Blog posts tagged in prenuptial agreement
Prenuptial agreements are legal documents which couples can create and sign before getting married. Provisions in the document include directives regarding how property and assets will be divided in the event that the marriage ends in divorce as well as plans for how finances will be handled during the marriage. Prenuptial agreements are often misunderstood and there is quite a bit of misinformation circulating the internet regarding these helpful legal tools.
Myth 1: Getting a Prenup is Planning for Divorce
The most commonly held false belief when it comes to any premarital agreement is that only couples who plan to divorce create these arrangements. This is simply not true. Although short-lived celebrity weddings have given prenuptial agreements a bad reputation, many couples benefit from prenups and never end up divorced.
A prenuptial agreement, often called a “prenup” for short, is a legal document which a couple drafts and signs before they get married. The main purpose of a prenuptial agreement is to set forth directives regarding the spouses’ income and assets in the unfortunate event of divorce, separation, or death. Prenups can contain instructions about marital property and non-marital property, spousal support, inheritance rights of children from previous relationships, each spouse’s debts, and financial rights and responsibilities of both spouses during the marriage.
Making a Living Online
Some couples choose to include clauses in their prenuptial agreement which address the role of social media in a couple’s marriage. At first glance, this may seem like an unnecessary and even ridiculous consideration. Skeptics have even suggested that if a couple needs a social media clause that the relationship is doomed to fail. However, many of these individuals are only thinking of social media as a means to stay in touch with friends. For some people, social media is their job.
A group of archaeologists has found what seems to be the world’s oldest known marriage contract. The clay tablet was discovered in Turkey and contains provisions that mention divorce, infertility, and other topics relevant to a marriage. Experts estimate the tablet to be about 4,000 years old, but the contract is remarkably similar to a present-day prenuptial agreement.
According to reports, the tablet lays out a marital contract between a man named Laqipum and his wife Hatala. Among the contract’s terms, there is a provision that delineates what would happen if Hatala could not have children—namely, that she would be required to buy a slave a woman with which her husband could have a child. The contract also specified the details of a possible divorce. If the man chose to divorce his wife, he would be required to pay her a certain sum of money. If a divorce was the wife’s decision, she would pay him the same amount.
The Benefits of Using a Prenuptial Agreement
When you think about prenuptial agreements, you may picture a wealthy, high-profile individual looking to protect his or her assets before he or she gets married. While prenuptial agreements are most definitely useful in providing security for one’s finances in the event of a possible divorce, their power is not completely unlimited. Before you sign a prenuptial, it is important to understand their limitations and to enlist the help of a qualified family law attorney.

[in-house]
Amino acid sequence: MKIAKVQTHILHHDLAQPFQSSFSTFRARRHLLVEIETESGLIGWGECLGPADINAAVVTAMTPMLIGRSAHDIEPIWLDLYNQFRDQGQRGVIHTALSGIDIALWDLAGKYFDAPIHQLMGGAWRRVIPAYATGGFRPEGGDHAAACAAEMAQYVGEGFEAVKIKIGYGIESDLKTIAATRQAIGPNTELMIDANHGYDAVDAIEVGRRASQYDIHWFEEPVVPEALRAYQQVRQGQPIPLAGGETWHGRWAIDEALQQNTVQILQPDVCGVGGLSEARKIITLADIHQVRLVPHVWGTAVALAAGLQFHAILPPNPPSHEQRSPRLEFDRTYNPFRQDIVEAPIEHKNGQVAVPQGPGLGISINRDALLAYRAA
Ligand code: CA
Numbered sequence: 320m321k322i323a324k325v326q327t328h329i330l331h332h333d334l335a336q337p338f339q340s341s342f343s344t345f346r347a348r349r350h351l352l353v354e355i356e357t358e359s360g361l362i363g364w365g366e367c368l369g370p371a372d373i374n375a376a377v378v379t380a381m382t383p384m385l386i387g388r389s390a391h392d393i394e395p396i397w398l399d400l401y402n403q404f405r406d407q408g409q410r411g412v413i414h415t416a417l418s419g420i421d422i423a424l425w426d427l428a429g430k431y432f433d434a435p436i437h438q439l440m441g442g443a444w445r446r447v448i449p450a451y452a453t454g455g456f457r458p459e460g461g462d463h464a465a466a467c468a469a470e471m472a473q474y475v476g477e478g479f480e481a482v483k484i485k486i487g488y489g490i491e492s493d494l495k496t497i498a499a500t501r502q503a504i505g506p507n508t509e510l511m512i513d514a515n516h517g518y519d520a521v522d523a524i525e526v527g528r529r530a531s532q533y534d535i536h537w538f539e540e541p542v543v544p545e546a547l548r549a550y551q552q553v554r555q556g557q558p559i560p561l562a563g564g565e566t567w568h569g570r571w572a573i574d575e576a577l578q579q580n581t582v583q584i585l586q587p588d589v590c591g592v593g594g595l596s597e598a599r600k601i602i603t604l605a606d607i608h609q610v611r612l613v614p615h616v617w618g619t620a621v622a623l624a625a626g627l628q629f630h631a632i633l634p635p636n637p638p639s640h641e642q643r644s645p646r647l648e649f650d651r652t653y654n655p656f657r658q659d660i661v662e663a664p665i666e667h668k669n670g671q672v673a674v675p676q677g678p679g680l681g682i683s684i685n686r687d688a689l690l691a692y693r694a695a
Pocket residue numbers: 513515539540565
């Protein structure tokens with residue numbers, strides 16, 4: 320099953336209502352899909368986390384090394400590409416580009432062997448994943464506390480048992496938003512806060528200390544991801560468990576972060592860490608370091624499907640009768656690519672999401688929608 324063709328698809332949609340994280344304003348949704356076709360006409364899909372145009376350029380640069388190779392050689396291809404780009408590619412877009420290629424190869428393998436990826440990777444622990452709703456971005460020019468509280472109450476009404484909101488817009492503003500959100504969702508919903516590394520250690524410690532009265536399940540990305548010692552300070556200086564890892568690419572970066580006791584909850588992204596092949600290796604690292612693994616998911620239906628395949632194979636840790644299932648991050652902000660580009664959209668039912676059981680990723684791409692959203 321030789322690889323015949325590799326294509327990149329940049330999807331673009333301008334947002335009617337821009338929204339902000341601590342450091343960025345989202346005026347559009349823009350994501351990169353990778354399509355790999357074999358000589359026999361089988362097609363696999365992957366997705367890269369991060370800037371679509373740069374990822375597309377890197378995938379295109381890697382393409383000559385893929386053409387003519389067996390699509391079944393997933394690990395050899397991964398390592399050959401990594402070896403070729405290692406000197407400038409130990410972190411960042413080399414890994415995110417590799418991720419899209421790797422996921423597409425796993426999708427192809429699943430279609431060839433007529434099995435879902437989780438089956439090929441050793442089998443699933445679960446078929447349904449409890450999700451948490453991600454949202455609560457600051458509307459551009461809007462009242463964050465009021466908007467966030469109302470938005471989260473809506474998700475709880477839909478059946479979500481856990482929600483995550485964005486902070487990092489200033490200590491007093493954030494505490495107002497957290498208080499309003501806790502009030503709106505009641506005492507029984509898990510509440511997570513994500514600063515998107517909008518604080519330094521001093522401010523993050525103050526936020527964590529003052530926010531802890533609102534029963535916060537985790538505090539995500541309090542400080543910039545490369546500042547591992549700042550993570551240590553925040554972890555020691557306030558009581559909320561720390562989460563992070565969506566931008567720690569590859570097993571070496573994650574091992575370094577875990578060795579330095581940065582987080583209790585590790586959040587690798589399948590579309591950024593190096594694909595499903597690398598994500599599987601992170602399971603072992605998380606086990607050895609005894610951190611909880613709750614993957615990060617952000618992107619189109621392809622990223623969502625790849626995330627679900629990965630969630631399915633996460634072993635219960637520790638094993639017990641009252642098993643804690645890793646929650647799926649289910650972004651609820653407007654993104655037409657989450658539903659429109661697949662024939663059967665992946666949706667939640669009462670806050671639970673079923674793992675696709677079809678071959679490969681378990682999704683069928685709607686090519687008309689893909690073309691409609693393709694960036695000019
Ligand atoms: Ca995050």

A Prenuptial Agreement Cannot Be Too One-Sided
The Illinois Uniform Premarital Agreement Act contains provisions regarding powers and limitations of such agreement in the state. There are several potential grounds upon which a prenuptial agreement may be found to be unenforceable, including deception by one spouse or that the agreement was signed under duress or coercion. An agreement will also be set aside if the court finds the terms to be unconscionable.
It is hardly uncommon for a couple who is about to get married to spend weeks and months planning a perfect wedding day. Music, flowers, decorations, dresses, food, and dozens of other considerations are often set months in advance. Too often, however, that same couple will spend considerably less time and energy preparing for the marriage itself. Even partners who decide that a prenuptial agreement is appropriate for their situation often wait too long and are then forced to rush one spouse or the other into signing the agreement. Such pressure is not only unhealthy but can also lead to future problems in enforcing the agreement should the need ever arise.
Marriage, in the eyes of the law, is a legally binding contract between two consenting individuals that affords each party certain rights and responsibilities. A prenuptial agreement is very similar, in that it represents a contract between two parties, outlining property rights and other considerations to become effective in the event of a divorce or another designated precipitating event, such as infidelity or the death of one party. As such, a binding contract deserves careful consideration, not just casual approval of its terms.